Albert Einstein College of Medicine/Montefiore Medical Center's Center for Continuing Medical Education today announced the launch of its innovative medical education game, The Cardio Country Club, on Cyberounds, the leading website for medical professional education. The Cardio Country Club features game-style interactive learning on cardiovascular medicine and was created with an educational grant from Pfizer Inc.
"Einstein is committed to helping physicians and other health care professionals stay abreast of the rapidly changing developments in clinical medicine," said Victor Hatcher, Ph.D., Associate Dean and Director of the Center of Continuing Medical Education. Medical professionals earn AMA Category I continuing medical education (CME) credits by answering questions about cardiovascular disease and responding to patients' clinical crises in an interactive golf game format.
The Cardio Country Club course is delivered via the Web, using the Cyberounds platform (www.cyberounds.com), a website developed by interMDnet to provide online medical information and services for medical professionals. "We see The Cardio Country Club as an exciting new way for doctors to learn important information of benefit to their patients," said Ross Martin, M.D., Senior Manager of Business Technology at Pfizer Pharmaceuticals Group. "To be able to provide free CME in a way that's not only educational and challenging, but also entertaining, makes it even better," Martin added.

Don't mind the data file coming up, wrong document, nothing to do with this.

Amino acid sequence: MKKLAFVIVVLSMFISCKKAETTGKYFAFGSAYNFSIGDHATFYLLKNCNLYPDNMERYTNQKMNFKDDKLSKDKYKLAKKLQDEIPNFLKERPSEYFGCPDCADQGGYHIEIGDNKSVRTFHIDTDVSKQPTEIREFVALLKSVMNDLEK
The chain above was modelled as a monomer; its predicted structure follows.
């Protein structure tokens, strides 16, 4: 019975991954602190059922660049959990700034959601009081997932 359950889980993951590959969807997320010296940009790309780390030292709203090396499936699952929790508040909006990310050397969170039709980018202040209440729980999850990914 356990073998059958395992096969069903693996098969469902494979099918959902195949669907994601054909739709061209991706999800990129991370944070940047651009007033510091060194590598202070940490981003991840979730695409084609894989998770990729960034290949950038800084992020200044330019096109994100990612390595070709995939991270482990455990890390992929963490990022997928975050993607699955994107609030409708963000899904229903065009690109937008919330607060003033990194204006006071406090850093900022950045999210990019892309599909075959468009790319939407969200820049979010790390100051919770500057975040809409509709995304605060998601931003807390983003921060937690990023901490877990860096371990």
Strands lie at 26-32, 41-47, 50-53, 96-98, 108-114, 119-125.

The content for The Cardio Country Club was created by Richard W. Smalling, M.D., Ph.D., Jay Brent Sterling Professor of Cardiovascular Medicine at the University of Texas Medical School at Houston and a regular Cyberounds contributor. "I'm so busy, and so is every doc I know, that my golf handicap is now 25," Smalling confided. "Cardio golf may be the best chance some of us have to close in on par."
"Educational games, what we call medutainment, are perfectly suited to the Web," declared Harry A. Levy, M.D., Executive Editor of Cyberounds and President of interMDnet. "And, for us, they're fun to develop, too."